All the Presidents' Dogs

By Jessica Burtch

February 16, 2015 5 min read

In the wake of Presidents Day, I can't stop thinking about all the dog hair that's gracefully wafted through the Oval Office.

Dogs have been keeping our presidents young for as long as we've been electing them. While George Washington never lived in the White House, he did live with dogs. According to the official Mount Vernon site (, America's first president "kept almost every group of dog recognized today by the American Kennel Club." Calling the estate home: greyhounds, Newfoundlands, Briards, spaniels, terriers, toys, French hounds Tipsy, Mopsey, Truelove and Ragman, coonhounds Drunkard, Taster, Tipler and Tipsy, a Dalmatian named Madame Moose, and a Staghound who answered to Sweetlips.

John and Abigail Adams were the first president and first lady to live in the White House, and their mixed-breeds Juno and Satan were the first dogs to officially mark the White House lawn.

There have been many since — Calvin and Grace Coolidge alone brought far too many animals to the White House to list. While many of these presidential pups happily romped under the radar, some of them reached a level of fame — or infamy — equal to the presidents who adored them. Scottish terrier Barney Bush made headlines when he bit a member of the White House press corps. Bo and Sunny Obama, both Portuguese water dogs, made a brief splash, as well. But no presidential pooch has known enduring fame like Laddie Boy Harding.

Warren Harding once wrote: "Whether the Creator planned it so, or environment and human companionship have made it so, men may learn richly through the love and fidelity of a brave and devoted dog." That dog, for him, was an Airedale terrier named Laddie Boy. Arriving at the White House in time to interrupt Harding's first cabinet meeting, Laddie Boy became the 29th president's constant companion — tagging along for golf outings, sitting in on cabinet meetings perched atop his very own chair, and attending first lady Florence Harding's many fundraising events. In no time, Laddie Boy was a star, generating headlines, photo ops and tiny bronze statuettes in his likeness faster than his presidential counterpart generated scandals. Harding didn't go down in history as the best president — or husband — but he just might be the most earnest dog lover ever to play fetch in the West Wing.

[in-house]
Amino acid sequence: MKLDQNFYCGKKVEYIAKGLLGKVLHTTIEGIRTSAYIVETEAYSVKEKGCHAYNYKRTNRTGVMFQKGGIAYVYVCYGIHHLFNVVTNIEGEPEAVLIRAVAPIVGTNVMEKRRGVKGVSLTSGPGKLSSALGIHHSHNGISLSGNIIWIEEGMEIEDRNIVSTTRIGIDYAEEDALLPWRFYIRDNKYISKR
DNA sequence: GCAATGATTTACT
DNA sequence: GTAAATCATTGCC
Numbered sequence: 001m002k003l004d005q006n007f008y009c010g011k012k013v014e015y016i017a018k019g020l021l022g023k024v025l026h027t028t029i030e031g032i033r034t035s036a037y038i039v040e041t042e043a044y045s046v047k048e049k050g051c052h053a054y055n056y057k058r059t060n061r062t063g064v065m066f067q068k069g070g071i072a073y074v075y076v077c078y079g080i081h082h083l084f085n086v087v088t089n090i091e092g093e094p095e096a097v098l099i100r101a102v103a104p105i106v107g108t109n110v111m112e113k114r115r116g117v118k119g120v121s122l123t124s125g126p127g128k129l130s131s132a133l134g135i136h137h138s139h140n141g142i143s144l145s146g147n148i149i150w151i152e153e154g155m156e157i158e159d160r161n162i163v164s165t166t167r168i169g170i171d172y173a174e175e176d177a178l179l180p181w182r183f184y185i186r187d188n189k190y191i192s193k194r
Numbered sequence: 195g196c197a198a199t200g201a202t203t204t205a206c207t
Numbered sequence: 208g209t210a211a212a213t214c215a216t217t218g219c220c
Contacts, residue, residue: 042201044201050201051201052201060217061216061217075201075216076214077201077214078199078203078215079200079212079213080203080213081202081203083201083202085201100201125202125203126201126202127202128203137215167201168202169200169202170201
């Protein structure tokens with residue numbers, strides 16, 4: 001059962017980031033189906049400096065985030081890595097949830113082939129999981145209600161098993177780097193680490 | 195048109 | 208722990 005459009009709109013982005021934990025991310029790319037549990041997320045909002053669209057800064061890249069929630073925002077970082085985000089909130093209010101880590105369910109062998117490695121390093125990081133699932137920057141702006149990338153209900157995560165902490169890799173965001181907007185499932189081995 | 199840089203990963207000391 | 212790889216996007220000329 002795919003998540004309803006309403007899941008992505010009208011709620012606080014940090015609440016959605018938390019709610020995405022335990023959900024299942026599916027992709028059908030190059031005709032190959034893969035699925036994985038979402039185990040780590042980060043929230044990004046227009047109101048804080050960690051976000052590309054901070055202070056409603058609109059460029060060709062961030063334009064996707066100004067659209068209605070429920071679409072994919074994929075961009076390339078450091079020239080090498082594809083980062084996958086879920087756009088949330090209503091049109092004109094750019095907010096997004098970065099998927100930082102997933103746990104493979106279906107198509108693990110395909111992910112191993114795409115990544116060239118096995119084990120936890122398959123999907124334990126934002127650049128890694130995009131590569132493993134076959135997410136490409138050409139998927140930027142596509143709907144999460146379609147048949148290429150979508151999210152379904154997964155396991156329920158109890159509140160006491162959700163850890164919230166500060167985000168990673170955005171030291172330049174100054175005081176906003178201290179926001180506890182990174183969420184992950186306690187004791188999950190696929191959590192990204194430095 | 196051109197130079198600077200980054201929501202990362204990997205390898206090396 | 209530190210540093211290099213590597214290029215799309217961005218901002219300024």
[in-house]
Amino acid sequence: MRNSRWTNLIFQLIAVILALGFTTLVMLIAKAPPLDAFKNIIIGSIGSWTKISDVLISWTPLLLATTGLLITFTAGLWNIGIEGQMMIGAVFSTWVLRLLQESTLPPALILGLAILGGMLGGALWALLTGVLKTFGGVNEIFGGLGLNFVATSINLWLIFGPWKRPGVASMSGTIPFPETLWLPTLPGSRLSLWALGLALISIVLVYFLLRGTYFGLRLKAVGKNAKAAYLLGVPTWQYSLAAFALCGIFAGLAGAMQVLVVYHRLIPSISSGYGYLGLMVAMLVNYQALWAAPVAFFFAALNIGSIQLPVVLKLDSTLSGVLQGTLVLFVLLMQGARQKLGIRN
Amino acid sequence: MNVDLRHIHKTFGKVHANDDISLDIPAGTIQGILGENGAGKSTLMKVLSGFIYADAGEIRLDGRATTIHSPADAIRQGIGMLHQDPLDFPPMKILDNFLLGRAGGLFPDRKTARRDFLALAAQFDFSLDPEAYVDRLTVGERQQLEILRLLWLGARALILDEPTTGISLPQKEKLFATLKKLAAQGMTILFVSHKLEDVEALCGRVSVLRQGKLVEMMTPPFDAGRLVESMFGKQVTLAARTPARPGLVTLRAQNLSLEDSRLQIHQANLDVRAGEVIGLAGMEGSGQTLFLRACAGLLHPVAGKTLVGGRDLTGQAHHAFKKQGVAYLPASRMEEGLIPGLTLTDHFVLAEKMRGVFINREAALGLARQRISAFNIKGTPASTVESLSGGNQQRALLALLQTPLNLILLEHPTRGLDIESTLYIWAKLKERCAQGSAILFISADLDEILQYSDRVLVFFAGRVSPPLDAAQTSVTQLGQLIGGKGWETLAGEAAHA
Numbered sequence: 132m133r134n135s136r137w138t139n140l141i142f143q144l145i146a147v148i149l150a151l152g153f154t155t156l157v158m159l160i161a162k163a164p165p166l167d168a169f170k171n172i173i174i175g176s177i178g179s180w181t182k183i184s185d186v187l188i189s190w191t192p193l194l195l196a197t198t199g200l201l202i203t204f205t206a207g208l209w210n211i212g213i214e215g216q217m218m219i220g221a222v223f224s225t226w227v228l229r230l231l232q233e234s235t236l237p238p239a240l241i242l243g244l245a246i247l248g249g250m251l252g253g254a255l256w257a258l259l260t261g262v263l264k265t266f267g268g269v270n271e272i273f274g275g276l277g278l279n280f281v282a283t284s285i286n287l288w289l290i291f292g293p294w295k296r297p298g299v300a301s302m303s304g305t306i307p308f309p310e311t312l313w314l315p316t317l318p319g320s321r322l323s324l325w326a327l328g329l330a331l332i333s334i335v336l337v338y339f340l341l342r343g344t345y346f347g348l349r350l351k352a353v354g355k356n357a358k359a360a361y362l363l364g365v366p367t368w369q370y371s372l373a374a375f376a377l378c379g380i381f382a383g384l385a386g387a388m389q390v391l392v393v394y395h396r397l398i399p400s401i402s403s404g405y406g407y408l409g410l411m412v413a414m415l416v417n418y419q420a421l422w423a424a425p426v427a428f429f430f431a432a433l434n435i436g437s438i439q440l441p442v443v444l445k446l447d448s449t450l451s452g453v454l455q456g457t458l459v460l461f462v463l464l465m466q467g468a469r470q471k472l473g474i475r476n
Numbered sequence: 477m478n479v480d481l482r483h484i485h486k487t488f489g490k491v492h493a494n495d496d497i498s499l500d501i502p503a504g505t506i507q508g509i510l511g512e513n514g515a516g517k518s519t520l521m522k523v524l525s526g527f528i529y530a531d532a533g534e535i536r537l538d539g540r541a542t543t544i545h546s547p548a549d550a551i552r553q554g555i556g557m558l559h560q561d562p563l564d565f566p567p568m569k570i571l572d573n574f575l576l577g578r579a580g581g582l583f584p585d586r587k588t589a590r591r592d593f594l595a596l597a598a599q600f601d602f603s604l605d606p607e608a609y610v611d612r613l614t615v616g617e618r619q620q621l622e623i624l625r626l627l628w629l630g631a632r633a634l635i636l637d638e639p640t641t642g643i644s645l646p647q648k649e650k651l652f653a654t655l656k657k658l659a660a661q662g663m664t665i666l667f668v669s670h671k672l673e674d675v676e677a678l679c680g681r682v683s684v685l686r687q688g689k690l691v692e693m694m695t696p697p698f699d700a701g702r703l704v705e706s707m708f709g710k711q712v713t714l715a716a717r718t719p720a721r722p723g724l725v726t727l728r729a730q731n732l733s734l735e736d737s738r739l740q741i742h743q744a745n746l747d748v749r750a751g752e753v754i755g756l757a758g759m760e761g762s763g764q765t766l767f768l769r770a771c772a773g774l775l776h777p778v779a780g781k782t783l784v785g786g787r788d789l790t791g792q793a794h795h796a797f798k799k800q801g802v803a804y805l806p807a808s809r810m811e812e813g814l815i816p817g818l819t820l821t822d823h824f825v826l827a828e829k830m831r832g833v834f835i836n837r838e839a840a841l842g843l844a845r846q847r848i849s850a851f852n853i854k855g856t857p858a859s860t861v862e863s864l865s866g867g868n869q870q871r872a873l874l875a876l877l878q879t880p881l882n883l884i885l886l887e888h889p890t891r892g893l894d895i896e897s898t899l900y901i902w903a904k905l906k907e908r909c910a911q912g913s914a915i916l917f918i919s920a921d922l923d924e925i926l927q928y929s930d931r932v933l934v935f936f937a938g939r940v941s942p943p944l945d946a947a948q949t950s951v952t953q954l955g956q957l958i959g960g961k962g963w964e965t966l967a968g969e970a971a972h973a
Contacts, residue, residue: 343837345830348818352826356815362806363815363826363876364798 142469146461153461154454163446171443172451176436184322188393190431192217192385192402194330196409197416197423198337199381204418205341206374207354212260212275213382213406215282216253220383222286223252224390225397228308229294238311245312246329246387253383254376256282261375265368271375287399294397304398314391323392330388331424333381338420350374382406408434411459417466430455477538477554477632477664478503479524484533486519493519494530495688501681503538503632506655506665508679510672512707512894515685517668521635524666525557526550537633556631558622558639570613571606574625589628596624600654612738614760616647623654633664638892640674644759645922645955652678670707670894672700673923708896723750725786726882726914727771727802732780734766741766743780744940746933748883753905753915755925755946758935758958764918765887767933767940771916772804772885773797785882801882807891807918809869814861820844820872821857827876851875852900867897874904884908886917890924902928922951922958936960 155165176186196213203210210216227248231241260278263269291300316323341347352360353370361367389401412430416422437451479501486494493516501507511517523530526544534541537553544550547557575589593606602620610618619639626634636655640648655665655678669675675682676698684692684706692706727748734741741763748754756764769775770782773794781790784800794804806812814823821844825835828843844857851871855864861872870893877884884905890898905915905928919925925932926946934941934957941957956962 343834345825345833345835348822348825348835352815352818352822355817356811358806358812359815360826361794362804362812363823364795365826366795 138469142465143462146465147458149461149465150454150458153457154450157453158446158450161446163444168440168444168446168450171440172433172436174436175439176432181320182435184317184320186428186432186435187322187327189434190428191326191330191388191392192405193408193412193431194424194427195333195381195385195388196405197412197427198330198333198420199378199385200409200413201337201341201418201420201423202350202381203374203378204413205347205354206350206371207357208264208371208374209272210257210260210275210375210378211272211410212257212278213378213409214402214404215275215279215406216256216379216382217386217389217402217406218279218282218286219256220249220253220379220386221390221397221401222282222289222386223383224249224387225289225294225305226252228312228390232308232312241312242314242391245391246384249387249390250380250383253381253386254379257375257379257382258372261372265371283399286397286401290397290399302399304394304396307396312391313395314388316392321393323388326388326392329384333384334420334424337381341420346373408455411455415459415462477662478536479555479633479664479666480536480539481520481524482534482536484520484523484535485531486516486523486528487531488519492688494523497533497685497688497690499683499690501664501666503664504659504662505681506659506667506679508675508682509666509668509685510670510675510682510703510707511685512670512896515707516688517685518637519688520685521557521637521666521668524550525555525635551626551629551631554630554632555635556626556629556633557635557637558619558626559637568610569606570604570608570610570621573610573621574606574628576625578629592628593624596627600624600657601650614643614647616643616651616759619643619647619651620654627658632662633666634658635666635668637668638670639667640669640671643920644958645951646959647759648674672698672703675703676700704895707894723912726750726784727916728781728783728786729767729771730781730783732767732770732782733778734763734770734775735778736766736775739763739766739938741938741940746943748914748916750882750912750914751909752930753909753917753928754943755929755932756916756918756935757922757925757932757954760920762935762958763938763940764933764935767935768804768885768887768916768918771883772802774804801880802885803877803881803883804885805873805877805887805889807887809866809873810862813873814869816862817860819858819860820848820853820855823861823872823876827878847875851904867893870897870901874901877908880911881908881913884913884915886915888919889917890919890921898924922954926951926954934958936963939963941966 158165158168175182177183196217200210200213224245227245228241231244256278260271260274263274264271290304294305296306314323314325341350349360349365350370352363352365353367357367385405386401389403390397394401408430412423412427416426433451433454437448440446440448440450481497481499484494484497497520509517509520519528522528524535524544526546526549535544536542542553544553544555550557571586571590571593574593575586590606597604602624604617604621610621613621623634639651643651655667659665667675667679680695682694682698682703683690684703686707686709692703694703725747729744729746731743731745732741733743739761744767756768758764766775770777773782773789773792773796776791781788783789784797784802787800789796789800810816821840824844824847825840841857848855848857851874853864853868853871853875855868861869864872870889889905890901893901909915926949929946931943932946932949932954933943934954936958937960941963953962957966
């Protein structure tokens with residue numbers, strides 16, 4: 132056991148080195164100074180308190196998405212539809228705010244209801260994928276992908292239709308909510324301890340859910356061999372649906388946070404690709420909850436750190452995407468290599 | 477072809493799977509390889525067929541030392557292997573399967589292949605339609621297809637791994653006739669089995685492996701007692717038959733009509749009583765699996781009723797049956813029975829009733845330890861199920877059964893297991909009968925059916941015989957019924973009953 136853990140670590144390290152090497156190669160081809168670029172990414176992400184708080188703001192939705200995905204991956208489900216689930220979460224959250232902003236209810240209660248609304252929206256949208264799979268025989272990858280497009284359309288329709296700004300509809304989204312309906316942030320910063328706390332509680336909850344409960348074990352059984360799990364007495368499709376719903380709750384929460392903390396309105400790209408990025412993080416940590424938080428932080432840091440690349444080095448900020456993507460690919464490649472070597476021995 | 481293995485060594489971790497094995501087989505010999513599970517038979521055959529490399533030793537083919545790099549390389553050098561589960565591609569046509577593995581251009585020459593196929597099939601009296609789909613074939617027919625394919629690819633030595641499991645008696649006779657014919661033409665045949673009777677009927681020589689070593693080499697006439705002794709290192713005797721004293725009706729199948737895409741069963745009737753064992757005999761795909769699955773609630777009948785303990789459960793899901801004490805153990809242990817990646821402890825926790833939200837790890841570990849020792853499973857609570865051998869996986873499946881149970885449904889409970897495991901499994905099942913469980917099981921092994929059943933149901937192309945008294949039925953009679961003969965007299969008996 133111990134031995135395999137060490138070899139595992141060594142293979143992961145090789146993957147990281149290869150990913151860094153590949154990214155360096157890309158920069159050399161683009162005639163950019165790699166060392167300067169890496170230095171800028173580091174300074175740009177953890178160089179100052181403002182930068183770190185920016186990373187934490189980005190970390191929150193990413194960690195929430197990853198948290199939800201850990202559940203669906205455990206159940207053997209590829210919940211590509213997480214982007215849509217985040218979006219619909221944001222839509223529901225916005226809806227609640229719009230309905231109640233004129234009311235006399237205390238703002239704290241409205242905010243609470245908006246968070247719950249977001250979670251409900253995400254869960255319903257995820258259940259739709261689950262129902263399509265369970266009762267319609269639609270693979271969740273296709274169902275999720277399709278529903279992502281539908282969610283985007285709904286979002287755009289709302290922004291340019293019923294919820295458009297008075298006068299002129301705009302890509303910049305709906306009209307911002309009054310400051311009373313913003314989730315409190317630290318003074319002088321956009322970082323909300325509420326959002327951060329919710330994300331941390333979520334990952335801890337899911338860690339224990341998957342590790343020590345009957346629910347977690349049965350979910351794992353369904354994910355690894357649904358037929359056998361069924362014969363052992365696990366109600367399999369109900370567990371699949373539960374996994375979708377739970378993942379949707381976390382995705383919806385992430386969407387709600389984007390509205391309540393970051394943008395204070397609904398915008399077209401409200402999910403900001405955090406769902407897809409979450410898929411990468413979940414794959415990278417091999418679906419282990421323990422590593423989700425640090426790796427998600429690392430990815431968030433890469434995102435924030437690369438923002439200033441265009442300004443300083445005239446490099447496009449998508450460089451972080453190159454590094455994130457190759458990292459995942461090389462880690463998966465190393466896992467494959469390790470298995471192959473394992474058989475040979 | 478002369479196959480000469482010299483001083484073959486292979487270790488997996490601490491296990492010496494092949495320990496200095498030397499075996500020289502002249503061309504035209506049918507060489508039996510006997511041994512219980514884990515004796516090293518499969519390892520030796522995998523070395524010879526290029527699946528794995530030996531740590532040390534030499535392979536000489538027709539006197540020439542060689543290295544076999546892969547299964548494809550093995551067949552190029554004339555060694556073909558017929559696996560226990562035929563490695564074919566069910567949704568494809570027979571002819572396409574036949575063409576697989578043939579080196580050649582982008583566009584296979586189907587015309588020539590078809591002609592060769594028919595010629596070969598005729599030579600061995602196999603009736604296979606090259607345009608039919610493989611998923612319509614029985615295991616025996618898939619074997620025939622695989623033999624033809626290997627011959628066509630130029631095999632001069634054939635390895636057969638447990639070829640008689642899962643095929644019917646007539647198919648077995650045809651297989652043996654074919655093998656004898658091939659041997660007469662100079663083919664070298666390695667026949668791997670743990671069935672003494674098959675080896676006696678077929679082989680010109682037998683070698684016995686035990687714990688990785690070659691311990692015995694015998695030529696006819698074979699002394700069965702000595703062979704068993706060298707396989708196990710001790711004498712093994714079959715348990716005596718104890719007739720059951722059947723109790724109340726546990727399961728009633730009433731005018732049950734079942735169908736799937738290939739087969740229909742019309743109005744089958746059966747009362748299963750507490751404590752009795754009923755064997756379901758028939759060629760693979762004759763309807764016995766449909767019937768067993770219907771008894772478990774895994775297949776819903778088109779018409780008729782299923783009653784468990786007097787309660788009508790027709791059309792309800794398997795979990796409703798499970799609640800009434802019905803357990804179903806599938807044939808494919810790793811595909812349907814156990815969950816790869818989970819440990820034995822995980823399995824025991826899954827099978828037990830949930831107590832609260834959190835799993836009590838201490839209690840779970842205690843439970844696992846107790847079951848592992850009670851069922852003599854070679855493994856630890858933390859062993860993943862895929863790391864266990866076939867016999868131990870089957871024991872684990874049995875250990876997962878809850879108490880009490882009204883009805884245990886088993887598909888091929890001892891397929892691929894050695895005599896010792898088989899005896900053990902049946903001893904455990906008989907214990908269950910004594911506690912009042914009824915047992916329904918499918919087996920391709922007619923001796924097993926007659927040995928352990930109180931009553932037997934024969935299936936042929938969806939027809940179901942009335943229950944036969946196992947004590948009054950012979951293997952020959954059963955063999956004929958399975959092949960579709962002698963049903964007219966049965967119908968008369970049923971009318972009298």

This brings us — thank you, Oscar Wilde — to the political importance of being earnest. If you're going to have a dog in the White House, you'd better love him like Harding, because a president's relationship with his dog could make or break his relationship with voters.

When FDR was running for his fourth term, he was taking a beating for spending taxpayer money to retrieve his Scottish terrier, Fala, from the Aleutian Islands. Roosevelt replied, "You can criticize me, my wife and my family, but you can't criticize my little dog. He's Scotch, and all these allegations about spending all this money have just made his little soul furious." What became known as the Fala speech helped secure Roosevelt's reelection. And in 1952, Richard Nixon wisely followed suit with his Checkers speech. In danger of getting bumped from the vice-president slot on the ticket due to an alleged slush fund, Nixon denied the fund existed and said, "There is one thing that I did get as a gift that I'm not going to give back." He was referring to a black-and-white cocker spaniel named Checkers who was a gift to his daughters. After that, support for Nixon only went up.

On the dark side of the coin, LBJ sparked outrage when he lifted his beagles, Him and Her, by their ears for the cameras. And Mitt Romney took a hit in the polls when it was revealed he drove 12 hours with his dog, Seamus, strapped to the top of the car in a carrier. Voters were not appeased by the fact that the carrier "had a windshield."

Ultimately, Calvin Coolidge called it: "Any man who does not like dogs and want them about does not deserve to be in the White House." To that, I'd add only: "or woman."

Jessica Burtch was the longtime editor and writer for Matthew "Uncle Matty" Margolis. She is an even longer-time lover of dogs and critters in general. Follow her @sicaleigh. Email her at [email protected] Read more at

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